Ahead Of Potential Violent Demonstrations, Montpelier Mayor Calls On Counter-Protesters To Stay Home
Vermont law enforcement is monitoring calls and plans for armed gatherings at state capitols, including the Vermont Statehouse in Montpelier, on Sunday, Jan. 17 and Inauguration Day on Jan. 20. Groups have also started to organize counter-protests. But the mayor of Montpelier is asking counter-protestors to stay home, because she says the risk of violence is too great.
VPR's Mitch Wertlieb spoke with Montpelier Mayor Anne Watson about how Vermont's capitol city is preparing for this weekend and Inauguration Day. Their conversation below has been condensed and edited for clarity.
Mitch Wertlieb: We've heard from Montpelier Police Chief Brian Peete and Public Safety Commissioner Michael Schirling about these calls across the country for people to show up armed at state capitols on Sunday, and again on Inauguration Day. Do you know of any specific threats to people or property in Montpelier?
Mayor Anne Watson: At this point, we have no indication of a specific threat, just the general calls that you referenced earlier.
Will there be any road closures, buildings shuttered? What kind of precautions, if any, are being put in place for the capital city?
We are anticipating that we may close down State Street. That is a possibility. The Statehouse will be closed, as well as the school buildings and city hall on Wednesday, Jan. 20. So we are taking some precautions. We’re anticipating that we'll need to be making some accommodations to ensure that everyone stays safe. And that is really our focus in this effort, is to keep everyone safe through the next week.
One further point: If you are coming to protest (or counter-protest for that matter), please leave your guns at home. It's legal to bring them, but please don't.— Anne Watson (@anneofvermont) January 13, 2021
You've been very clear that lawful assembly and political speech will be honored and protected. But what do you want people who are planning to show up at the Statehouse this Sunday to know?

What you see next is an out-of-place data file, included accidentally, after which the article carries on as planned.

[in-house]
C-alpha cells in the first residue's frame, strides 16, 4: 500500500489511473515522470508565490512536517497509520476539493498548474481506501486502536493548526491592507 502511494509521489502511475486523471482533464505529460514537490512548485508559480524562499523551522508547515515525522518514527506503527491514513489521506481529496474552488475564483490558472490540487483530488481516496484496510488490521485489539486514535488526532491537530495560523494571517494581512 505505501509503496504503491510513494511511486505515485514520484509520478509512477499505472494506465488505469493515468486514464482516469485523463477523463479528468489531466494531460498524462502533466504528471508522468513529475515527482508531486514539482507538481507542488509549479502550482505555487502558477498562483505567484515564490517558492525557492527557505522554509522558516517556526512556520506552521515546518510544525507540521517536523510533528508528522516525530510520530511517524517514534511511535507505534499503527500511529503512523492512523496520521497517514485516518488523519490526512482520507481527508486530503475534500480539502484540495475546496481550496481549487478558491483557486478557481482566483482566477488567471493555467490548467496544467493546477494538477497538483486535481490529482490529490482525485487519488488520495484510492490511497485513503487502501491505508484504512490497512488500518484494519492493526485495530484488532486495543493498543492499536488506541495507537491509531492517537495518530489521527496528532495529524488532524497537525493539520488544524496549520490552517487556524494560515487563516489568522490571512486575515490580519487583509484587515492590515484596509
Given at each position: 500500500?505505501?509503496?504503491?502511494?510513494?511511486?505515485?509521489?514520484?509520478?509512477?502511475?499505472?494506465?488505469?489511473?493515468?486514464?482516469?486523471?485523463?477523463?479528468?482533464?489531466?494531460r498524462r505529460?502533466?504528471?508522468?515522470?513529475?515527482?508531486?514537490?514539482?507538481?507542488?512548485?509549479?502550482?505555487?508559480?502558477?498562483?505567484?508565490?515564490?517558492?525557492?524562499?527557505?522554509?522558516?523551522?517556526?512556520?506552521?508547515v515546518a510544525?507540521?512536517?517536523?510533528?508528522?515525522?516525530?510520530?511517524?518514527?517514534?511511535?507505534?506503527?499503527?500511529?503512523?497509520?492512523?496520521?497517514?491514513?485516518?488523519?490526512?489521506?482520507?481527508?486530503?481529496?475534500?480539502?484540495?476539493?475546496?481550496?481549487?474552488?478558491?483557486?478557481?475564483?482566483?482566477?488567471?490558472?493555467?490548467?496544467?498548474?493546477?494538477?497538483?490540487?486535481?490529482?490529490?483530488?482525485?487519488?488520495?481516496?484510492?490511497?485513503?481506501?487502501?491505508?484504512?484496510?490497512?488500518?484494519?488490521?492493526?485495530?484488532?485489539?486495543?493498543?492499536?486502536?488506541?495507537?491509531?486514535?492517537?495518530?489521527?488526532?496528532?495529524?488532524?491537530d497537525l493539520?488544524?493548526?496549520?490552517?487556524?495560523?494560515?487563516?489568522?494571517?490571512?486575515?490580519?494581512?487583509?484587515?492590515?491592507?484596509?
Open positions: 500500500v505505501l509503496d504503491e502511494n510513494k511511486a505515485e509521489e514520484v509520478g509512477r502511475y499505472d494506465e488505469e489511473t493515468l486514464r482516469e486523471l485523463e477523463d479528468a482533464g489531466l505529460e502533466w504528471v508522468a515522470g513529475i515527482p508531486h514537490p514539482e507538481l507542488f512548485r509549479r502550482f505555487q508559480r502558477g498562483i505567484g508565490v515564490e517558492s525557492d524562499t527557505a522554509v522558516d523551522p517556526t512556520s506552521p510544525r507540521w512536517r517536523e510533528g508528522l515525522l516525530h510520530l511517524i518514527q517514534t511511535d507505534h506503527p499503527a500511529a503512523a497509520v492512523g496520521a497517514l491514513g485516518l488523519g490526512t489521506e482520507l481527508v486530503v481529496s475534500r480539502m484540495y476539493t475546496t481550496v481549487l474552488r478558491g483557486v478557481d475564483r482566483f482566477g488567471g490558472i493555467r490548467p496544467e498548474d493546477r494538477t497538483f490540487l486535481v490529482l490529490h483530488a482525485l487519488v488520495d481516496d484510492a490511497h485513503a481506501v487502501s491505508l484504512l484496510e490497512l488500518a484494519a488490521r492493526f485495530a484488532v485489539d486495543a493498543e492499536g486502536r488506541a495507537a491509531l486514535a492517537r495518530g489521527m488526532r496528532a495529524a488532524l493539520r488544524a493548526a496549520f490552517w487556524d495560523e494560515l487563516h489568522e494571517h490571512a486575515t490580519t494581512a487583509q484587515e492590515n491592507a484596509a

We are hoping that anyone who comes to protest will, first of all, leave any firearms at home. I know there have been calls for an armed insurrection, but we're anticipating that if anyone does want to show up, we hope that they will be peaceful. And having a peaceful protest means that there's no need for firearms. Also, because of the risk of violence, in case people do bring arms, we're hoping that folks will refrain from in-person direct counter-protesting, because that could lead to the risk of violence.
I'm wondering about that message to those who would counter-protest against the kind of actions that we saw the mob take in the nation's capitol. In a way, would that sort of hand a victory to that mob, if you will, if counter-protest is discouraged?
I totally sympathize with any folks who would come to counter-protest. I think the election was legal, and the results were clear. The American people, basically, have spoken. And so I sympathize with that perspective.
What I would hope for this idea of a counter-protest is: Let's find another day to come together and celebrate the victory of the election for the inauguration of Joe Biden. Let's do that at a time when it's not going to pose a risk to people's safety, when there's been this national call for armed protests.
I think it's also worth celebrating, really, the defeat of a president who would otherwise seek to have authoritarian rule. And if we can find that on a different day — a day that doesn't pose a risk to people's safety — I would be all in favor of that. And in addition, I think there are other ways that people can use their voice to stand up for what's right and to express their beliefs in a way that that's not direct, in-person counter-protesting on either Jan. 17 or Jan. 20.
We probably shouldn't forget, too, that there is a pandemic still going on, and there's always that risk when people do show up to these kind of protests that mask wearing will not be followed. And isn't that a danger as well?
Absolutely. You know, as we saw, even when people were in close quarters in lockdown at the state capitol, that folks were not wearing masks; refusing to wear masks. And it's tough to anticipate, if there are people that are coming to the Statehouse to protest, whether or not they would be wearing masks in the first place. That’s absolutely also a risk.
Montpelier is the state capitol. It will continue to be the focus of political gatherings in the future. I'm wondering if you think the kind of security that you're preparing for this Sunday becomes a kind of new normal for protesting in Montpelier, or if you think that this is particular to this moment in time?
It's hard to know right now whether or not this is the new normal. I suspect it's not, mainly because I think this is an event that has been egged on [and] fomented by a president who has refused to concede. And that sort of behavior is not normal. And I think the American people are not going to stand for that over time.
You've been mayor of Montpelier since March 2018. Do you think that Vermonters can demonstrate a better way of being, perhaps by not — as you're asking them — by not showing up on Sunday?
I have a lot of faith in Vermonters, and I have confidence that folks who may show up will be peaceful, and that ultimately, we're going to make it past Jan 20. We're going to make it through Jan. 21. And we'll be able to get to the business of government and to making Vermont a better place.
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